Primate Genomics, Evolutionary Biology, Computational biology
Our goal is to understand the molecular basis of human evolution, including its implications for biomedical questions. A core expertise of our group in this context is bridging the gap between evolutionary genomics and experimentally approachable molecular mechanisms. We study the role of the transcription factor Foxp2 in human speech evolution using a mouse model and are studying the involved regulatory networks using RNA-Seq, ChiP-Seq and proteomics [1-4]. We also investigate the genetic basis of brain size evolution by correlating genetic changes with changes in brain size across primates and mammals to guide further experimental approaches [5, 6]. Finally, we generate and analyze induced pluripotent stem cells (iPSCs) from primates to investigate the evolution of human regulatory networks and to experimentally manipulate them [7, 8]
1. Schreiweis*, C., Bornschein*, U., Burguiere, E., Kerimoglu, C., Schreiter, S., Dannemann, M., Goyal, S., Rea, E., French, C.A., Puliyadi, R., et al. (2014). Humanized Foxp2 accelerates learning by enhancing transitions from declarative to procedural performance. Proc Natl Acad Sci U S A 111, 14253-14258.
2. Enard, W. (2014). Mouse models of human evolution. Curr Opin Genet Dev 29C, 75-80.
3. Enard, W. (2011). FOXP2 and the role of cortico-basal ganglia circuits in speech and language evolution. Current opinion in neurobiology 21, 415-424.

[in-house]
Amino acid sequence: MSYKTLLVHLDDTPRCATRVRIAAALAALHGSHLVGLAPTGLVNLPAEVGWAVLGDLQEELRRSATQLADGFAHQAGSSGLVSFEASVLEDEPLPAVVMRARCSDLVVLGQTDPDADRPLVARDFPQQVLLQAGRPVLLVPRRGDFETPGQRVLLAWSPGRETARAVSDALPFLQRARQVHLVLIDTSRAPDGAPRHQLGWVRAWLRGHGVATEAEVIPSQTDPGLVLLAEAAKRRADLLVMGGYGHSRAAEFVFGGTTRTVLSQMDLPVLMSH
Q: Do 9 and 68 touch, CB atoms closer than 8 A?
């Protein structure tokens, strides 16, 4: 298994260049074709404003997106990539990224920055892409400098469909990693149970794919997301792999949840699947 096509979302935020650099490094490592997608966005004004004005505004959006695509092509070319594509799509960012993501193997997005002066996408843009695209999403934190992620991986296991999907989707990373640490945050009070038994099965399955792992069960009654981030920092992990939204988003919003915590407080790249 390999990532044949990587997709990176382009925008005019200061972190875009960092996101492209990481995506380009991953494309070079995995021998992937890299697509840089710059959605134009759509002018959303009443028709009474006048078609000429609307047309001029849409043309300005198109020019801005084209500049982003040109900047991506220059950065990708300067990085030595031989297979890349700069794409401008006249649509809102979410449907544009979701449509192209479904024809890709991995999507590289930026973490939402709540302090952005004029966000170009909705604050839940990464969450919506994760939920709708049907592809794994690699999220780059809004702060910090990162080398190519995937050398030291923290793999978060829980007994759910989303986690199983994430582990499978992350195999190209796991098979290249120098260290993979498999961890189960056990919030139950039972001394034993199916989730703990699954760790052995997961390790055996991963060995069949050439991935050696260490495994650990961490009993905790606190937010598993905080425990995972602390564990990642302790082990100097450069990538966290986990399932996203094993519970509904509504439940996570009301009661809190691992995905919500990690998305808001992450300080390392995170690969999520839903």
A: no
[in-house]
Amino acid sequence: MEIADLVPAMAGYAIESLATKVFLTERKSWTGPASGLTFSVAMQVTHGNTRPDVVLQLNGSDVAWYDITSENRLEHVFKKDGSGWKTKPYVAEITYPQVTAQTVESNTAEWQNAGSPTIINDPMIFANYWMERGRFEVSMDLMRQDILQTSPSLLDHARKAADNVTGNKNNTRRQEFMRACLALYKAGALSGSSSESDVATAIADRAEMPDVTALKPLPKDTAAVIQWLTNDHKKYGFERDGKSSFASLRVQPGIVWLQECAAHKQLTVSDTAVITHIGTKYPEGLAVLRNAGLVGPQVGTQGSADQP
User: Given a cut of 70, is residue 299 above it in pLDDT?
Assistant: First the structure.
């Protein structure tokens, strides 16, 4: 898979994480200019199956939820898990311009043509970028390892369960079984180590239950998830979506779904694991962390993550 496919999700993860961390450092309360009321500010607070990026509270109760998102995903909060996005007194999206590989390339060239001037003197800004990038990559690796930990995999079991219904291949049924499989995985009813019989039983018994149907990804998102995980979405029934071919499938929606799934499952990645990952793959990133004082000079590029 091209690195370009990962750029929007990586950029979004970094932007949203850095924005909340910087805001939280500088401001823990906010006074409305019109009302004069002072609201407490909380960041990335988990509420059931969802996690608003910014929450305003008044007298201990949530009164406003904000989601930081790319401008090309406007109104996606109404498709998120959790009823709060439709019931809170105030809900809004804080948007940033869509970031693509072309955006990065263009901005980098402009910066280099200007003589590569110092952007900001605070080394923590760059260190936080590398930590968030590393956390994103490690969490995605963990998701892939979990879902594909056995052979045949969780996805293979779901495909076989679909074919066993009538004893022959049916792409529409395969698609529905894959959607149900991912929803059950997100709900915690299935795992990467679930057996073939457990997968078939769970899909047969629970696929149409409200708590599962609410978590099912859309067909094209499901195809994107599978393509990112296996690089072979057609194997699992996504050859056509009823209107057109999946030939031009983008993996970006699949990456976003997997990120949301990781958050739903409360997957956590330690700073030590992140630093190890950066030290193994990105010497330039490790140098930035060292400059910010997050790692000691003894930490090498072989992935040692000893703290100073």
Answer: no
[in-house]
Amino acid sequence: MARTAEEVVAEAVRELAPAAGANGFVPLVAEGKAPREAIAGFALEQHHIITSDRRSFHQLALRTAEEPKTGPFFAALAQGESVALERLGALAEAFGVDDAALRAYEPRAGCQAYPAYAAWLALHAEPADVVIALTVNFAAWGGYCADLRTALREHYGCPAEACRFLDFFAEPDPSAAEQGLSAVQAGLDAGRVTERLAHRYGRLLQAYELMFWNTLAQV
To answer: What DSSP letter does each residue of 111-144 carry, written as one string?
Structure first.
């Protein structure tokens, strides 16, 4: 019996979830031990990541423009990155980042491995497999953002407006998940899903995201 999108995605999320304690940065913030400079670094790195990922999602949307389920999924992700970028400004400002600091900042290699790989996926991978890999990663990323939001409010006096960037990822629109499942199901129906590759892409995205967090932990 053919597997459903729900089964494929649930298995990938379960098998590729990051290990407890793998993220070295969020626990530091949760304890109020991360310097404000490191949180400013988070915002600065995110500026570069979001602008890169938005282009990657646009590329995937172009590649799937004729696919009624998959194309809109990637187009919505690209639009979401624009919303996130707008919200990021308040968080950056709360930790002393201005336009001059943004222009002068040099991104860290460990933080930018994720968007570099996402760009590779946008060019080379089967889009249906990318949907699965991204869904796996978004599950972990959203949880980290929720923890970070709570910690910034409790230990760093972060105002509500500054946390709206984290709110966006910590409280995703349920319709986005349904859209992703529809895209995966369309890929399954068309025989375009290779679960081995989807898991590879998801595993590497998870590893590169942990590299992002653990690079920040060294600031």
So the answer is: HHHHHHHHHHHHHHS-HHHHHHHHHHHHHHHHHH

4. Enard, W., Gehre, S., Hammerschmidt, K., Holter, S.M., Blass, T., Somel, M., Bruckner, M.K., Schreiweis, C., Winter, C., Sohr, R., et al. (2009). A humanized version of Foxp2 affects cortico-basal ganglia circuits in mice. Cell 137, 961-971.
5. Enard, W. (2014). Comparative genomics of brain size evolution. Frontiers in human neuroscience 8, 345.
6. Fietz, S.A., Lachmann, R., Brandl, H., Kircher, M., Samusik, N., Schroder, R., Lakshmanaperumal, N., Henry, I., Vogt, J., Riehn, A., et al. (2012). Transcriptomes of germinal zones of human and mouse fetal neocortex suggest a role of extracellular matrix in progenitor self-renewal. Proc Natl Acad Sci U S A 109, 11836-11841.
7. Wunderlich, S., Kircher, M., Vieth, B., Haase, A., Merkert, S., Beier, J., Gohring, G., Glage, S., Schambach, A., Curnow, E.C., et al. (2014). Primate iPS cells as tools for evolutionary analyses. Stem Cell Research 12, 622-629.
8. Enard, W. (2012). Functional primate genomics-leveraging the medical potential. J Mol Med (Berl) 90, 471-480.